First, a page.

Directed by David Frankel, Paramount+’s comedy film ‘Jerry & Marge Go Large’ follows Jerry Selbee, who discovers a flaw in the system of a lottery game titled WinFall. Using his mathematical abilities, Jerry finds a way to ensure profits while buying an enormous number of WinFall tickets. Marge Selbee, Jerry’s wife, accompanies him in the new endeavor. They use the profits for the betterment of their town named Evart, Michigan. As WinFall changes the fates of Jerry and Marge in the film, one must be wondering whether it is a real lottery. Well, let’s find out!
Was WinFall a Real Lottery?
WinFall is based on two real lotteries, Winfall and Cash WinFall, which were issued by the Michigan and Massachusetts Lottery respectively. In reality, Jerry’s introduction to the lottery game began with Michigan-based Winfall. He discovered a flaw in the system of the game and found that a positive return is possible if the number of tickets bought to bet is high enough. A Winfall ticket cost $1. A player could pick six numbers between 1 and 49 and win the jackpot of $2 million or higher if the numbers were the same ones drawn by the Michigan Lottery. There were prizes for every five, four, three, or two same numbers.
When nobody won the jackpot until the jackpot money reached $5 million, the prize money got “rolled down” to the lesser prizes in the absence of a jackpot winner in the next play. Jerry found a loophole in the system using his arithmetic skills and cashed in thousands. Soon, he began to reap profits. Jerry and Marge even started a company with several shareholders simply to play the lottery game. However, the Michigan Lottery shut down Winfall in May 2005 reportedly due to a decrease in sales. When that happened, Jerry and Marge started going to Massachusetts to play Cash WinFall, a similar game run by the Massachusetts Lottery.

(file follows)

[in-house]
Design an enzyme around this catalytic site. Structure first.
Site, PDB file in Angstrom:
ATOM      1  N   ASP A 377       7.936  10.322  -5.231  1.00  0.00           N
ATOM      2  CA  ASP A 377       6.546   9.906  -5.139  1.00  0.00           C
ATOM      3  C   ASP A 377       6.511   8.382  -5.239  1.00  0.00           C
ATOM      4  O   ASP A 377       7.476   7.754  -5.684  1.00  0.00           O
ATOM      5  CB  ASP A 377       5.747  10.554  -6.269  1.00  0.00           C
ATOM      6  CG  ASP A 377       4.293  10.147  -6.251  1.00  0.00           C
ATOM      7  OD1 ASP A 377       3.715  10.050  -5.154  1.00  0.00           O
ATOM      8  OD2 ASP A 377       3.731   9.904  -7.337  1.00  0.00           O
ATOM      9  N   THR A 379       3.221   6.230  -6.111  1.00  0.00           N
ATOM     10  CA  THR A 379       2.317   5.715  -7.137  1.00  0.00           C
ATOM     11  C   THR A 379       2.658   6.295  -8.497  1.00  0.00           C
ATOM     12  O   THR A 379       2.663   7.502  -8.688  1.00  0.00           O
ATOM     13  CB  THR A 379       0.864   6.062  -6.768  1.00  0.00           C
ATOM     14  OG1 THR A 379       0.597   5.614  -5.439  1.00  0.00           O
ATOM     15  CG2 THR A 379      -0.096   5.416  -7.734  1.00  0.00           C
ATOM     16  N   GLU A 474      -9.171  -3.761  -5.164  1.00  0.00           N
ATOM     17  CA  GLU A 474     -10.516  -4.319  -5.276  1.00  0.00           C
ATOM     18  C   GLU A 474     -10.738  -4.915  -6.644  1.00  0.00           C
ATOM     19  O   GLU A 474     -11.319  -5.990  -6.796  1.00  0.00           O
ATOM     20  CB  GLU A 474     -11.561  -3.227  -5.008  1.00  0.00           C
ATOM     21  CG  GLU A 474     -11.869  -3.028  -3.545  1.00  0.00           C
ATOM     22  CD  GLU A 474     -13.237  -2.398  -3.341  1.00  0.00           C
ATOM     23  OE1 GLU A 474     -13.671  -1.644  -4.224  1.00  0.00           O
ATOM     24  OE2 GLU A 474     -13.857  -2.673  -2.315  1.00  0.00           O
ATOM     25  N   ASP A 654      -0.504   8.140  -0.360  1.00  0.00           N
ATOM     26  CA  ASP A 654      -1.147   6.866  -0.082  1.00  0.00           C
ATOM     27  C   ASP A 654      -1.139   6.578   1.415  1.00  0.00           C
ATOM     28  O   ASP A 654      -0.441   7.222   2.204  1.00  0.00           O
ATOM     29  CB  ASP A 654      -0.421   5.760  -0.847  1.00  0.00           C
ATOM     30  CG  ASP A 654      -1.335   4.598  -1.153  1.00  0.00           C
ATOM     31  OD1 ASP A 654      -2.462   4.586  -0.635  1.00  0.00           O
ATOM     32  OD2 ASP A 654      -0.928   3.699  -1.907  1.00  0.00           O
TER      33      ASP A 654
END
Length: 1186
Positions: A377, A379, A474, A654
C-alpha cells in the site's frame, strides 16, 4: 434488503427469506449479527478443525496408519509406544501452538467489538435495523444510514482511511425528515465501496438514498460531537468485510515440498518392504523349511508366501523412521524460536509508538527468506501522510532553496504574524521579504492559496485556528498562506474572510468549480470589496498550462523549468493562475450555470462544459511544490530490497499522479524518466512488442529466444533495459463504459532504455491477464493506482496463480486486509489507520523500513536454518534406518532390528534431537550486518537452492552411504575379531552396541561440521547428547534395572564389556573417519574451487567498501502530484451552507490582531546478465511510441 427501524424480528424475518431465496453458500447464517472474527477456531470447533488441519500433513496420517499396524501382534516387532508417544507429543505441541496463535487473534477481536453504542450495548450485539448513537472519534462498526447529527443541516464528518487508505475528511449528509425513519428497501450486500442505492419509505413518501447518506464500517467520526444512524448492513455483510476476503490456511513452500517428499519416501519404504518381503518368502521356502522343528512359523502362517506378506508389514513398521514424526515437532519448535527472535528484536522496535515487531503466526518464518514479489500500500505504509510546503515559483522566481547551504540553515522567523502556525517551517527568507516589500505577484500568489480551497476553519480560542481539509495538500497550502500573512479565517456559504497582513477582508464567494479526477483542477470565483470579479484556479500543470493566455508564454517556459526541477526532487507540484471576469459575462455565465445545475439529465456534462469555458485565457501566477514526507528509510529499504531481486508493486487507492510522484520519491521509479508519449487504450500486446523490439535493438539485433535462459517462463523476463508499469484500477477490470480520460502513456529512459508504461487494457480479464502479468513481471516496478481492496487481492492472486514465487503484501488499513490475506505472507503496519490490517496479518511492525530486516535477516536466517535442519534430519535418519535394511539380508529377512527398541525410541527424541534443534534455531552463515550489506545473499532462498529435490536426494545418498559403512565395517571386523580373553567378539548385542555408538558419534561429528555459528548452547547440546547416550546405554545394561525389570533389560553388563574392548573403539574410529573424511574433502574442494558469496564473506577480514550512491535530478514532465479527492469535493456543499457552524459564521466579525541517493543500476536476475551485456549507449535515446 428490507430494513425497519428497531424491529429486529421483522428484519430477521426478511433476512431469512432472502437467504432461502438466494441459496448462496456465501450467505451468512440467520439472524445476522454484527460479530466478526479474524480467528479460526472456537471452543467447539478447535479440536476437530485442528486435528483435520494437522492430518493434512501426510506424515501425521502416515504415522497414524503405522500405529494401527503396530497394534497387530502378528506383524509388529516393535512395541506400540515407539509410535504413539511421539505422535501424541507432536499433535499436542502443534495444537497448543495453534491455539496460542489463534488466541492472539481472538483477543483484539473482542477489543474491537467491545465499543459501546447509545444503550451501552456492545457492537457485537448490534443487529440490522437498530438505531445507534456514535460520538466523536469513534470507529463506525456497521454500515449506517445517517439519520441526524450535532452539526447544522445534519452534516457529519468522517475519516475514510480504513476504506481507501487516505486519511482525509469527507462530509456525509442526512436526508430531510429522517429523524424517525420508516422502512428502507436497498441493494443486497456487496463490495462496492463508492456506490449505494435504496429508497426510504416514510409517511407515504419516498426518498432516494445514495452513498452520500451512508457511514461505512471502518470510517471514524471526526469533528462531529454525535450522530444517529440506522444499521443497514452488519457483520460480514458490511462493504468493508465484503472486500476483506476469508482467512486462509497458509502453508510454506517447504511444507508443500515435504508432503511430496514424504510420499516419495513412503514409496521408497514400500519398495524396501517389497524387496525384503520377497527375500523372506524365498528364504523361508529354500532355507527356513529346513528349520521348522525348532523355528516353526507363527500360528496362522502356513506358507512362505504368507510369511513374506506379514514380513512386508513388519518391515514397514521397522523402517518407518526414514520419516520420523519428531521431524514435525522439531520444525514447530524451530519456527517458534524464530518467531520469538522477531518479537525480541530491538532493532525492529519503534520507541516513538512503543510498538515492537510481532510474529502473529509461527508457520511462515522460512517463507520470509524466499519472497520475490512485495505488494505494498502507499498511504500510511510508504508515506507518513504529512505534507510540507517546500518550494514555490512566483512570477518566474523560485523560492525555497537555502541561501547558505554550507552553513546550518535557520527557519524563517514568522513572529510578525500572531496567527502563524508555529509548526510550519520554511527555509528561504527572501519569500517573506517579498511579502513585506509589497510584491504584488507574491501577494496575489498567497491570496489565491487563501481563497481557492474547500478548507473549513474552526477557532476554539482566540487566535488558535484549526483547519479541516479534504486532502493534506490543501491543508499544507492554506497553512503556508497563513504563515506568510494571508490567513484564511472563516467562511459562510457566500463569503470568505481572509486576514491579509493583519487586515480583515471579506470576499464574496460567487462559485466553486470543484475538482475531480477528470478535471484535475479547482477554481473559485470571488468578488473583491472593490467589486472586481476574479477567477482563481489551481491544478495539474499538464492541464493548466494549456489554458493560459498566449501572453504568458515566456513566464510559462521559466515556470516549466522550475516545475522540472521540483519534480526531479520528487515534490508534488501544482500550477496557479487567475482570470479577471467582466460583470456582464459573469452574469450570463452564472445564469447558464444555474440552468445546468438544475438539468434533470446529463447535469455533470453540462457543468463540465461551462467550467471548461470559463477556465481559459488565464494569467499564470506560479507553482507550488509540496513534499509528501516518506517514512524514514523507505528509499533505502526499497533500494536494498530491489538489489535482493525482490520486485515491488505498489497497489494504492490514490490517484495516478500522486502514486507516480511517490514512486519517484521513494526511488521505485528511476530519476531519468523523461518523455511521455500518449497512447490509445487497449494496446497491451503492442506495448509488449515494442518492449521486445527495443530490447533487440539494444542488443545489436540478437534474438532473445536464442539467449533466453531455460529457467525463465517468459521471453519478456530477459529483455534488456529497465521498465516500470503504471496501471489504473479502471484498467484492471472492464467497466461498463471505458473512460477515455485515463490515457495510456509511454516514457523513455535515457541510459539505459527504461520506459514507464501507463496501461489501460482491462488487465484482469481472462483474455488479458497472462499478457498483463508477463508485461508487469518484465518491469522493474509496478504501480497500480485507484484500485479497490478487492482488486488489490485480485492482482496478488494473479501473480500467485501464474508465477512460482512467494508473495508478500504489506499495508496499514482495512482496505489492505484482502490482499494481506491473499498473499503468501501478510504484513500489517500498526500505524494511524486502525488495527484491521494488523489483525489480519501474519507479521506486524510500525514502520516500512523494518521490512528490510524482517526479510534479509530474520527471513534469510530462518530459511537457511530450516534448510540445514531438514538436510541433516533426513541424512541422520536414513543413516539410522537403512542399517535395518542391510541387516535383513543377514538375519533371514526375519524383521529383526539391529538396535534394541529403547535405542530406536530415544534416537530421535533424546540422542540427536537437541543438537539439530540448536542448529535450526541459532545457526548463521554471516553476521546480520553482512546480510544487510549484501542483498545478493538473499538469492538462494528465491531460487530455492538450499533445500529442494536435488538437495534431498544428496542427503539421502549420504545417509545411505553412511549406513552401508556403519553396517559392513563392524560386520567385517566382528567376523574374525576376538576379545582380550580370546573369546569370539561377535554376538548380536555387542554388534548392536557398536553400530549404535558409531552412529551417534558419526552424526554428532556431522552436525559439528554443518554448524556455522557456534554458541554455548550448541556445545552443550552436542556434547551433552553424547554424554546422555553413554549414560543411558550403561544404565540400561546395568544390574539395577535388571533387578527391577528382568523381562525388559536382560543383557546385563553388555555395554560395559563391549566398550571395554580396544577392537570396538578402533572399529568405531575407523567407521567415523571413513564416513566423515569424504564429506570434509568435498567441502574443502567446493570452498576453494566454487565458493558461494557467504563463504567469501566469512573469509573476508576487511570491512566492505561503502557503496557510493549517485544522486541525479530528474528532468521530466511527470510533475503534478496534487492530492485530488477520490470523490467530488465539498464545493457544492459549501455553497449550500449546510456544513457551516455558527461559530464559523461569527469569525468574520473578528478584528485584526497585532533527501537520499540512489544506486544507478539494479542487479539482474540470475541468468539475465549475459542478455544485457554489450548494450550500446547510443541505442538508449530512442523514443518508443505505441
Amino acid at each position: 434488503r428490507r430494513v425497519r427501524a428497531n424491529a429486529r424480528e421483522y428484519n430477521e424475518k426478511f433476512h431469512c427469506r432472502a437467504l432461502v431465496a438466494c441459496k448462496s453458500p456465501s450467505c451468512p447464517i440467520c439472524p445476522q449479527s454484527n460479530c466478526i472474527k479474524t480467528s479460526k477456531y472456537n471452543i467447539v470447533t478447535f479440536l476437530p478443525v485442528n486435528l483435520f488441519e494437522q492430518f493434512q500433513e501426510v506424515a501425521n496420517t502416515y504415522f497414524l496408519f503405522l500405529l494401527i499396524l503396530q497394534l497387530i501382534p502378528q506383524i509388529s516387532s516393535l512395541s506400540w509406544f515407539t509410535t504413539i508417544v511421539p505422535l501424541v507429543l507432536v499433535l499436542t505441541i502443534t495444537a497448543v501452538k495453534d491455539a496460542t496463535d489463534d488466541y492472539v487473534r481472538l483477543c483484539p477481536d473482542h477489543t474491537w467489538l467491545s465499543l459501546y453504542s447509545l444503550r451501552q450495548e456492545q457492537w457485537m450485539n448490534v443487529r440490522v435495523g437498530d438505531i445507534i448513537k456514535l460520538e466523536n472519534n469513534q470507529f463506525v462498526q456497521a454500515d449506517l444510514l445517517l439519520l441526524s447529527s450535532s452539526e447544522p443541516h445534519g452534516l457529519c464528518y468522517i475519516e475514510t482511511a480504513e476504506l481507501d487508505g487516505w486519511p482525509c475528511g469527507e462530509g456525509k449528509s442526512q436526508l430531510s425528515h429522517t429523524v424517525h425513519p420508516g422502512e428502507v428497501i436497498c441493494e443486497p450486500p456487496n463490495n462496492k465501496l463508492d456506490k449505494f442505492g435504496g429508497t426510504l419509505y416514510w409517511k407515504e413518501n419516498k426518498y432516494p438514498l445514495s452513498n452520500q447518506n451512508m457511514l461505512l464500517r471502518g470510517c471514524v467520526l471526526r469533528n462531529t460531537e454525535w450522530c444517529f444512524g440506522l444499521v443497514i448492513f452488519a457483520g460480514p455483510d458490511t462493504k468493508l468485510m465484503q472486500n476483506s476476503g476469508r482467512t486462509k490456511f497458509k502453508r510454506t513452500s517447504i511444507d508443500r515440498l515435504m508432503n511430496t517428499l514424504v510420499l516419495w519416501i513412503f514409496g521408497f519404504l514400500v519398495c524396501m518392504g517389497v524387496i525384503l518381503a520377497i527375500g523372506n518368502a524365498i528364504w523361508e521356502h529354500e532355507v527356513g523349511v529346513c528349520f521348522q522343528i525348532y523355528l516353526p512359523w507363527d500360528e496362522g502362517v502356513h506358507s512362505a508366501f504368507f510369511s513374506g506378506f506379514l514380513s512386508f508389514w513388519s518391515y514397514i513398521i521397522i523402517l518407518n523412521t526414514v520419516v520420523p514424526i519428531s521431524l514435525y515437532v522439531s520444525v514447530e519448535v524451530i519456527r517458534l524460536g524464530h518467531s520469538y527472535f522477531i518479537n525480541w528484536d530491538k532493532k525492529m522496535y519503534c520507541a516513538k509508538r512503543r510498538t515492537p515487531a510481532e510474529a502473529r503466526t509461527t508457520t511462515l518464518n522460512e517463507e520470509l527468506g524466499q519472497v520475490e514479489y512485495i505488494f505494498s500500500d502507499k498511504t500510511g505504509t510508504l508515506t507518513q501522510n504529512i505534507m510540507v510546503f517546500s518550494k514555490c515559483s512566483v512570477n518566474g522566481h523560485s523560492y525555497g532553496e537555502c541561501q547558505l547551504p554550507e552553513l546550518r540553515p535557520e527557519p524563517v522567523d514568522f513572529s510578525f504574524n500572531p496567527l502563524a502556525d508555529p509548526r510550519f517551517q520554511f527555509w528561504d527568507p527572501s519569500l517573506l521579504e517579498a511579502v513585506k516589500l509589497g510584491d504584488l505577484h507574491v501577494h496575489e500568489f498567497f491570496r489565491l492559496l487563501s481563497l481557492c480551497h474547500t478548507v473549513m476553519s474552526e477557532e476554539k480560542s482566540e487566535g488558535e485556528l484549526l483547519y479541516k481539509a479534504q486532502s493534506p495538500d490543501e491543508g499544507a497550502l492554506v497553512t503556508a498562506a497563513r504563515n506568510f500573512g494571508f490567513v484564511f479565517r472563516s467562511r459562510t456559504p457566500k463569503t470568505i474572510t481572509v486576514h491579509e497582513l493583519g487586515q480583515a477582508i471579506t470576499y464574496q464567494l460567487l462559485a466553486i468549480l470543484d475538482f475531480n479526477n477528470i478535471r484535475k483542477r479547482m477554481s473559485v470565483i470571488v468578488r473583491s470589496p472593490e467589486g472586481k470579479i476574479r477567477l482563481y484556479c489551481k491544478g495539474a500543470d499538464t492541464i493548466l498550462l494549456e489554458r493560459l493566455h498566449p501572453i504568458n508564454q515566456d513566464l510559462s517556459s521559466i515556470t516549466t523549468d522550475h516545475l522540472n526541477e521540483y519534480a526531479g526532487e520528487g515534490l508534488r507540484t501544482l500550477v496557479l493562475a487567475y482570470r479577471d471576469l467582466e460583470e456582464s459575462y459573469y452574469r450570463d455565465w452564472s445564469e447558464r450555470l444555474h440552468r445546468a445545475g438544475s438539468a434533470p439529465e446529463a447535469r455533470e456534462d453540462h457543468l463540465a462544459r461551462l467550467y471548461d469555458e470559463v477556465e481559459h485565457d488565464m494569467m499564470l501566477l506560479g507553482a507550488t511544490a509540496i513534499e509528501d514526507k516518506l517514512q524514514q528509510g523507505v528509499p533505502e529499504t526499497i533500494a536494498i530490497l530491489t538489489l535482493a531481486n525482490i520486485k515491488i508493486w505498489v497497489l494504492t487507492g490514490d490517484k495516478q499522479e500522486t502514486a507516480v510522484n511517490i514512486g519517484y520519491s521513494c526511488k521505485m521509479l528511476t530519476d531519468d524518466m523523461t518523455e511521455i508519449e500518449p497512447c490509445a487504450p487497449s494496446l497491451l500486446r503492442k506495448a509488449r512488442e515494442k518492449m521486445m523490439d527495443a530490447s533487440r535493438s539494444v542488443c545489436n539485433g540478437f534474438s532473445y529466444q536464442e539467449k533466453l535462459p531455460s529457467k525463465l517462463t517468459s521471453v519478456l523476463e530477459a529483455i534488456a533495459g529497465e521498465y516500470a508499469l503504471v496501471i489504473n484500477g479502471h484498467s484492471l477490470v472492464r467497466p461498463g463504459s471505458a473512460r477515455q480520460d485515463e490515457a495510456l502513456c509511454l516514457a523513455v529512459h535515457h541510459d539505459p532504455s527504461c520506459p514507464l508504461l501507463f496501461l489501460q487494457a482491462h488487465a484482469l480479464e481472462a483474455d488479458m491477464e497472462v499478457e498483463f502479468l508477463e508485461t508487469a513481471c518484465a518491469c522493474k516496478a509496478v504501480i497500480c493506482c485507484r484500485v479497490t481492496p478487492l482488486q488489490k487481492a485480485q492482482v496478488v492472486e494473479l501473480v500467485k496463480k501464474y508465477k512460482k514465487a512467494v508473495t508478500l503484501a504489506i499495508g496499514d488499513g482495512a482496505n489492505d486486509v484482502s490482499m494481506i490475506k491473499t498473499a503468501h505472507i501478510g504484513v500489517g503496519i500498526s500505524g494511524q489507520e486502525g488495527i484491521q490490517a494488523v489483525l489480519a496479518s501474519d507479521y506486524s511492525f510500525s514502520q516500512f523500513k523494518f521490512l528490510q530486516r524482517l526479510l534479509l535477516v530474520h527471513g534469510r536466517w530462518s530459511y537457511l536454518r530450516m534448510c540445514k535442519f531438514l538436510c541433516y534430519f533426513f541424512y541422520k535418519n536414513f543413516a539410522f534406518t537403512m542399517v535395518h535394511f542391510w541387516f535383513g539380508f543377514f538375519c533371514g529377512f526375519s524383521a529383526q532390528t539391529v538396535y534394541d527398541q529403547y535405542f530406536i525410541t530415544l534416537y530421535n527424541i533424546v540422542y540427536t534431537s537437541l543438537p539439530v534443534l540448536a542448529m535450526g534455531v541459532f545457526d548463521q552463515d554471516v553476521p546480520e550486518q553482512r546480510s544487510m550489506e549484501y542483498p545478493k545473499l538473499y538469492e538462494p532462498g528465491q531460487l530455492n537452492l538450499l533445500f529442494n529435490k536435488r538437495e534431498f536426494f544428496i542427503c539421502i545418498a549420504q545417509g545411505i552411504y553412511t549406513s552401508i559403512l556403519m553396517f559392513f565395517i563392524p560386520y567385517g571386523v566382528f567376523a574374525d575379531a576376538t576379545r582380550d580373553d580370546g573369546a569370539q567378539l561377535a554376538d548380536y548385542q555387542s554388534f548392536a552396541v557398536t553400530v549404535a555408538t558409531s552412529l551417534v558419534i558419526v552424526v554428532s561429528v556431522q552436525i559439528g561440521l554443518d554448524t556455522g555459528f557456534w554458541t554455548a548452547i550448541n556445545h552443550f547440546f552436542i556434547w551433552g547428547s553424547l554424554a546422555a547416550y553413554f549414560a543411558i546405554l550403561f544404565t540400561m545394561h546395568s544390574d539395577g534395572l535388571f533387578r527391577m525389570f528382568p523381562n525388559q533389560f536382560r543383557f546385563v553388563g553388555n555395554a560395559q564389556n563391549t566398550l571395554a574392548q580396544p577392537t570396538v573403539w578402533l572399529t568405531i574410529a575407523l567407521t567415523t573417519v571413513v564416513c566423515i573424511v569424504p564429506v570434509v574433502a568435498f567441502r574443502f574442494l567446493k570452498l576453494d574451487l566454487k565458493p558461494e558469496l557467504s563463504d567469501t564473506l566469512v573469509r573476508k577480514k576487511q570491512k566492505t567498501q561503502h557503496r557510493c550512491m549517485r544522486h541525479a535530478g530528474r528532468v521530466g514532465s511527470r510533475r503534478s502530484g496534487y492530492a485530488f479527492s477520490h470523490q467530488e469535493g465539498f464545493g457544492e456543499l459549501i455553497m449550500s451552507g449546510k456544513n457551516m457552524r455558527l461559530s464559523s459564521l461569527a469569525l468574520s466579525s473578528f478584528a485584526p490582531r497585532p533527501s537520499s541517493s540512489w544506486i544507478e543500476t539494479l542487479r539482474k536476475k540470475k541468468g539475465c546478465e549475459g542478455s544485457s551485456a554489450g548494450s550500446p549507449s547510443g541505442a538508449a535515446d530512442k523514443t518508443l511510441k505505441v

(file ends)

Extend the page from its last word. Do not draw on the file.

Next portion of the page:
Cash WinFall wasn’t drastically different from Winfall. The ticket cost $2 and the player could pick six numbers between 1 and 46. The roll-down happened when the jackpot money hit $2 million. Jerry and Marge bought their tickets primarily from Billy’s Beer and Wine, run by Paul Mardas, the inspiration behind the character Bill. The couple played Cash WinFall for six years, seven plays per year. After nine years of playing Winfall and Cash WinFall, Jerry and Marge had a gross return of $26-27 million with a profit of $7.75 million before taxes.
When Did WinFall Get Shut Down?
As per reports, Cash WinFall was shut down in January 2012. In June 2011, The Boston Globe published a feature regarding the flaw in the system of Cash WinFall and how two groups have taken advantage of the same to acquire profits. The story sparked widespread controversy and the Massachusetts politicians ended up criticizing the operation of the game. Steven Grossman, the then-state treasurer, had to announce that the game will get phased out within a year. The state inspector general of the time, Greg Sullivan, started an investigation into the predicament and submitted a report in July 2012, months after Cash WinFall’s shut down.
Sullivan, in his report, wrote that Cash WinFall was a financial success for the Massachusetts Lottery. The report also states that the game generated $300 million in ticket sales, with nearly $120 million used for the Lottery operations and the pool of funds distributed to various cities and towns across the state. Jerry and Marge played their last Cash WinFall game in January 2012 as well.